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- Journal of Construction Project Management and Innovation
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- Volume 1, Issue 2, 2011
Journal of Construction Project Management and Innovation - Volume 1, Issue 2, 2011
Volume 1, Issue 2, 2011
Housing delivery through public-private partnership in Nigeria and the case for beneficiaries' involvementSource: Journal of Construction Project Management and Innovation 1, pp 63 –79 (2011)More Less
Over the years successive governments have devised and launched strategies to tackle the huge housing deficit in Nigeria. In the recent past, public-private partnership was embraced and employed in a number of low-income housing schemes across the country. Four such schemes which represented a partnership between the state government and private developer, and between the federal government and private developer, were chosen as case studies. They are Sunshine Gardens and HOB Estate, both in Akure, the Doma Road Estate in Lafia and Shelter-View Estate in Ado Ekiti. The study sought to identify beneficiaries' participation in the schemes. It was established that there was an absence of meaningful community/beneficiaries' participation in these schemes. This absence of participation impinged on the overall performance of these shelter projects. A case was therefore made for beneficiaries' participation in PPP arrangement for low-income housing in Nigerian cities. The advantage of having this third partner needs to be utilised to improve success on the present and future low-income housing schemes.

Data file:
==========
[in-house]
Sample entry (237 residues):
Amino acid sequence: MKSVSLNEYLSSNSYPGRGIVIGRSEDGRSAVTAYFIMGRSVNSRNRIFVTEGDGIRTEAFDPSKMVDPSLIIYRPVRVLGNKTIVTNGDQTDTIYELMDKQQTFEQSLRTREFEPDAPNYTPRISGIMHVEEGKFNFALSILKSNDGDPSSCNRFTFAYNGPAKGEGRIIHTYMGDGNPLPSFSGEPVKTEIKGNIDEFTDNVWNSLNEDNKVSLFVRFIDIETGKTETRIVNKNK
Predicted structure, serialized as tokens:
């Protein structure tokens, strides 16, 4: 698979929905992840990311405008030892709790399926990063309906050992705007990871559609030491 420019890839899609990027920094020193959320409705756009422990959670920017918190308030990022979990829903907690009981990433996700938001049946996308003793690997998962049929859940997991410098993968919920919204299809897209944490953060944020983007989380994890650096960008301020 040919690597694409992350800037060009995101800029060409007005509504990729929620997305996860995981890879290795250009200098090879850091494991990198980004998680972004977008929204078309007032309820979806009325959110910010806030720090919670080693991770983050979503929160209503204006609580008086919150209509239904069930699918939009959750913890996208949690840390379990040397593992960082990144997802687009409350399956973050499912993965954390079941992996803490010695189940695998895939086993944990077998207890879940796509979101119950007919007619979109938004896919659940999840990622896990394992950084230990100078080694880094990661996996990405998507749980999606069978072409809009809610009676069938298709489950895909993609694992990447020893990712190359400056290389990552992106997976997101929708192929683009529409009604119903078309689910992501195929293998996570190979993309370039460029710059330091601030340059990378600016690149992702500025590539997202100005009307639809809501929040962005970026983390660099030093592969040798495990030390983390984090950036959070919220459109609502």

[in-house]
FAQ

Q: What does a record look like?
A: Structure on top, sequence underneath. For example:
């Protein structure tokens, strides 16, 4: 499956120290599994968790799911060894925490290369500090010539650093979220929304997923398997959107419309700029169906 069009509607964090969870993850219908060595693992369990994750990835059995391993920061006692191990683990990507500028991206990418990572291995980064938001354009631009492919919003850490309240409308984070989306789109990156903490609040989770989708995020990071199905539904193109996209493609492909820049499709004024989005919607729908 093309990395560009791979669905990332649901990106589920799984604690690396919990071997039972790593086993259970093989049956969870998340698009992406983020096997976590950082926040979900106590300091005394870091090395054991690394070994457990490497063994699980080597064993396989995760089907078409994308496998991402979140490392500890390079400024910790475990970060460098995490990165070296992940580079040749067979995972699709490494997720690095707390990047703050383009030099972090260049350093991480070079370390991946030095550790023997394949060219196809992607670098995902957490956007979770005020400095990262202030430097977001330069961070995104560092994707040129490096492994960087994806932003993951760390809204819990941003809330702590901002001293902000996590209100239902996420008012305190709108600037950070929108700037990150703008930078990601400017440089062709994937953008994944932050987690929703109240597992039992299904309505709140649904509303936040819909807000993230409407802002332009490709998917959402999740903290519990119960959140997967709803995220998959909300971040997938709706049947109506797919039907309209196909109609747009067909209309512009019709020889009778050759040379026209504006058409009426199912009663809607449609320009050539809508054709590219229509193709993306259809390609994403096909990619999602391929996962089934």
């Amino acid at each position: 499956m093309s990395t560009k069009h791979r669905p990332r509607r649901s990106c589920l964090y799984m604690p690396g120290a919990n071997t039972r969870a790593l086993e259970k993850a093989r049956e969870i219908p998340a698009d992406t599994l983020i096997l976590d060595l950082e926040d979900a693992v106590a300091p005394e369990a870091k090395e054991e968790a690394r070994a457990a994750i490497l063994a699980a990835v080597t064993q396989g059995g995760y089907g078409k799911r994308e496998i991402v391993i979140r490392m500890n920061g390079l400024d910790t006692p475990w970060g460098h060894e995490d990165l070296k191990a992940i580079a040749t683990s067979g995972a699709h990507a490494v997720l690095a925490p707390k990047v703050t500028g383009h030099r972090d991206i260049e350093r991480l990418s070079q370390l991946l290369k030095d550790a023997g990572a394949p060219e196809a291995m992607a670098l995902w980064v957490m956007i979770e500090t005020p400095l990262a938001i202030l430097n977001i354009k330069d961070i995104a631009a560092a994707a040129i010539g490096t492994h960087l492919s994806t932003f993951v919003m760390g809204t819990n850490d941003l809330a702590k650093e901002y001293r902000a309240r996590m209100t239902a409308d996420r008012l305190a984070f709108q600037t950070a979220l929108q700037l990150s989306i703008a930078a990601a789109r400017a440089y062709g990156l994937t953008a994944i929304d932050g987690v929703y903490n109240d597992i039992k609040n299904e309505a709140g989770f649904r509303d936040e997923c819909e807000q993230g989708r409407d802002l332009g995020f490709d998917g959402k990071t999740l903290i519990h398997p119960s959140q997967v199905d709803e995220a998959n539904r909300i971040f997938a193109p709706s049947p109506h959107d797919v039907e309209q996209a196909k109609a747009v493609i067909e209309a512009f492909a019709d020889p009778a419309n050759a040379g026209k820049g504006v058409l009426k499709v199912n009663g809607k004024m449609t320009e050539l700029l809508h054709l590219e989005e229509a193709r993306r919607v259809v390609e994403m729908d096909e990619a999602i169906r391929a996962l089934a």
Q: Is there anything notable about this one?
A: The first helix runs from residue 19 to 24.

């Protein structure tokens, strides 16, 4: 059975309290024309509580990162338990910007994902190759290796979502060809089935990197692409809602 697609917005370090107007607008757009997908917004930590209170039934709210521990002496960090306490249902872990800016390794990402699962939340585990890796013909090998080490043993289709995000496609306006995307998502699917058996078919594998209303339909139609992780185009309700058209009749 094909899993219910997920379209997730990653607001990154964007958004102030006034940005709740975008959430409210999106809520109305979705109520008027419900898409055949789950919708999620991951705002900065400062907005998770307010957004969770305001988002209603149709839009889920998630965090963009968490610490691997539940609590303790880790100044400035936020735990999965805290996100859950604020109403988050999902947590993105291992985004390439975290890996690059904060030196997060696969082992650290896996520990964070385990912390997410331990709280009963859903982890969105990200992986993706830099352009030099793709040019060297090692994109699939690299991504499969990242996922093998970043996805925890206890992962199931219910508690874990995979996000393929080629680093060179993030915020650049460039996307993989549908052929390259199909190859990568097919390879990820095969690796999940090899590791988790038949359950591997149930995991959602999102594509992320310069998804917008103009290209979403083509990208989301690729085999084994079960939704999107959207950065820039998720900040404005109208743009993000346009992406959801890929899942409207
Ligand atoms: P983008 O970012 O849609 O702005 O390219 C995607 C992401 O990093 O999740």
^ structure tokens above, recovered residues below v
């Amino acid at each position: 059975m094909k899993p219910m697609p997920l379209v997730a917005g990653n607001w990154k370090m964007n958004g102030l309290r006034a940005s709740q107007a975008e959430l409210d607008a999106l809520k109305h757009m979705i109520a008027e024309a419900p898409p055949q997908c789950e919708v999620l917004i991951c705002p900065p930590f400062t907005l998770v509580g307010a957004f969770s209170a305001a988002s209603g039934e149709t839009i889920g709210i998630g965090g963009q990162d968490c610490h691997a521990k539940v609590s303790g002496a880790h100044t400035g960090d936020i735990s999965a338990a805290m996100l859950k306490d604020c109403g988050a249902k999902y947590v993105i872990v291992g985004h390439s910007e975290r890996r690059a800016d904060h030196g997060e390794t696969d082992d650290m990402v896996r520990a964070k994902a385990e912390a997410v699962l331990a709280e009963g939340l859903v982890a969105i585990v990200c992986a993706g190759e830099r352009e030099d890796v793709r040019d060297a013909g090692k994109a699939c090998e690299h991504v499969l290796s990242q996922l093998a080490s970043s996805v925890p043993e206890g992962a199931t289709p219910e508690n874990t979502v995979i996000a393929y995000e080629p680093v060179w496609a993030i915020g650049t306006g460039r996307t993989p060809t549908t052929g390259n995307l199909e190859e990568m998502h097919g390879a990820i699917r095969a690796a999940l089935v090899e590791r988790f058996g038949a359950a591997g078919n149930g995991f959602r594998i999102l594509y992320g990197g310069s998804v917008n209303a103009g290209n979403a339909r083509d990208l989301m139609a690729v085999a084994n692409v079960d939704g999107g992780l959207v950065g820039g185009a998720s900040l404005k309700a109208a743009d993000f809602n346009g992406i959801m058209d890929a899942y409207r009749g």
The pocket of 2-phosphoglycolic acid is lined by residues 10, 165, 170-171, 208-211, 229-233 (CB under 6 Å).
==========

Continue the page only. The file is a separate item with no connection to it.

Source: Journal of Construction Project Management and Innovation 1, pp 80 –104 (2011)More Less
Infrastructural construction investment in Nigeria is currently estimated at US$5bn annually and of the key trades in the industry, concreting makes up about 15% of the total frequency of operations. One of the most dominant concrete-placement methods in Nigeria is by crane and skip and it has been established that fractional delay (delay time expressed as a fraction of pour duration) is the most significant factor affecting its productivity. This study therefore focused on evaluating the extent of delays on craned concrete placement in Nigeria and determining their effects on concreting productivity. The study involved a close observation of 35 daily concrete pours placed by crane and skip on 25 project sites selected through stratified random sampling procedure in Lagos. Productivity data obtained were analysed by multiple regression to obtain a model relating productivity to fractional delay. The results showed an average delay of above 23% of the pour time while the productivity is reduced by more than 2.5 m3/h for every 10% increase in delay. The latter is over 5 times the productivity reduction obtained in Hong Kong study for the same percentage increase in delay and confirms that delay has a far greater impact on the productivity of concrete placement by cranes in Nigeria than in other countries. It was recommended that serious, and concerted, managerial actions be directed at proper planning and scheduling of material deliveries as well as labour and equipment inputs by adopting the developed model to monitor and eliminate most delays and sustain productivity.
Source: Journal of Construction Project Management and Innovation 1, pp 105 –129 (2011)More Less